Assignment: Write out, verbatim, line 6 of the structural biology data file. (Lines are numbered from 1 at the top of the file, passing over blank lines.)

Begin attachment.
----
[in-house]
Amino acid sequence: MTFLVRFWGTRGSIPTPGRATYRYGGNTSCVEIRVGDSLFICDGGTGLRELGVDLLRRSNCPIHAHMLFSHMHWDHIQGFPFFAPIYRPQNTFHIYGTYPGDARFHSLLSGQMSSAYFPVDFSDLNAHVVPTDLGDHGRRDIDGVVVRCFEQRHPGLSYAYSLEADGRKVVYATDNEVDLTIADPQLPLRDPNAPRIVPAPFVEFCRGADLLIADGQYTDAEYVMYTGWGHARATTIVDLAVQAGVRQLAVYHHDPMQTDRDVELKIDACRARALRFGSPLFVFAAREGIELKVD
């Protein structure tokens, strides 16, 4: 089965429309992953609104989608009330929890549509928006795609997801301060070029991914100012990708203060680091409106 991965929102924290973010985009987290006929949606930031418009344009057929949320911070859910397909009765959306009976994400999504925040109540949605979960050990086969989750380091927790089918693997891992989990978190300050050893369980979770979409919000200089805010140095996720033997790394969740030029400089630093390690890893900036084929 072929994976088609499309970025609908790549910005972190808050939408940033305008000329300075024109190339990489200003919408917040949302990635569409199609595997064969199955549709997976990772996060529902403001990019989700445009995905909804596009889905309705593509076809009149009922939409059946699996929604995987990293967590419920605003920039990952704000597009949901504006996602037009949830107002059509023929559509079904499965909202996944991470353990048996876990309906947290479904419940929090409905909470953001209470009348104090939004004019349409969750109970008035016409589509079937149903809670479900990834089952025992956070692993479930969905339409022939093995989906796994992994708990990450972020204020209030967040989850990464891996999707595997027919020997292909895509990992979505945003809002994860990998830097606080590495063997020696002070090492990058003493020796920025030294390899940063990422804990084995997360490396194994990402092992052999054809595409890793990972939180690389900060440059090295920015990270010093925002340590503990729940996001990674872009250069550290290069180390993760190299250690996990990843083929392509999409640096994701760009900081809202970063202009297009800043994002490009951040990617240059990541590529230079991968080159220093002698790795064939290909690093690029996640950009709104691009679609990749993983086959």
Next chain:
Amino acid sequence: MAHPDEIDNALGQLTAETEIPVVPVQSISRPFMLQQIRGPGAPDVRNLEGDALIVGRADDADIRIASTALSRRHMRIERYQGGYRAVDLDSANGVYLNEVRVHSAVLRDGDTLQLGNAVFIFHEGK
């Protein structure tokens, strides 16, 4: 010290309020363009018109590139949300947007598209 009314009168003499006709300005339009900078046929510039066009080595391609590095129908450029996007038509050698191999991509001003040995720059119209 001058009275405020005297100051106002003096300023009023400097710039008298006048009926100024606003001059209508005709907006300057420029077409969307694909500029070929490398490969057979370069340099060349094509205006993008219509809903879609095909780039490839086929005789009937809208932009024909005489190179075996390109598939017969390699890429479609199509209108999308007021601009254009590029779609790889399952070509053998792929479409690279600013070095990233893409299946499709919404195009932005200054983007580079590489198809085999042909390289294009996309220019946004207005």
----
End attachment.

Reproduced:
């Protein structure tokens, strides 16, 4: 010290309020363009018109590139949300947007598209 009314009168003499006709300005339009900078046929510039066009080595391609590095129908450029996007038509050698191999991509001003040995720059119209 001058009275405020005297100051106002003096300023009023400097710039008298006048009926100024606003001059209508005709907006300057420029077409969307694909500029070929490398490969057979370069340099060349094509205006993008219509809903879609095909780039490839086929005789009937809208932009024909005489190179075996390109598939017969390699890429479609199509209108999308007021601009254009590029779609790889399952070509053998792929479409690279600013070095990233893409299946499709919404195009932005200054983007580079590489198809085999042909390289294009996309220019946004207005």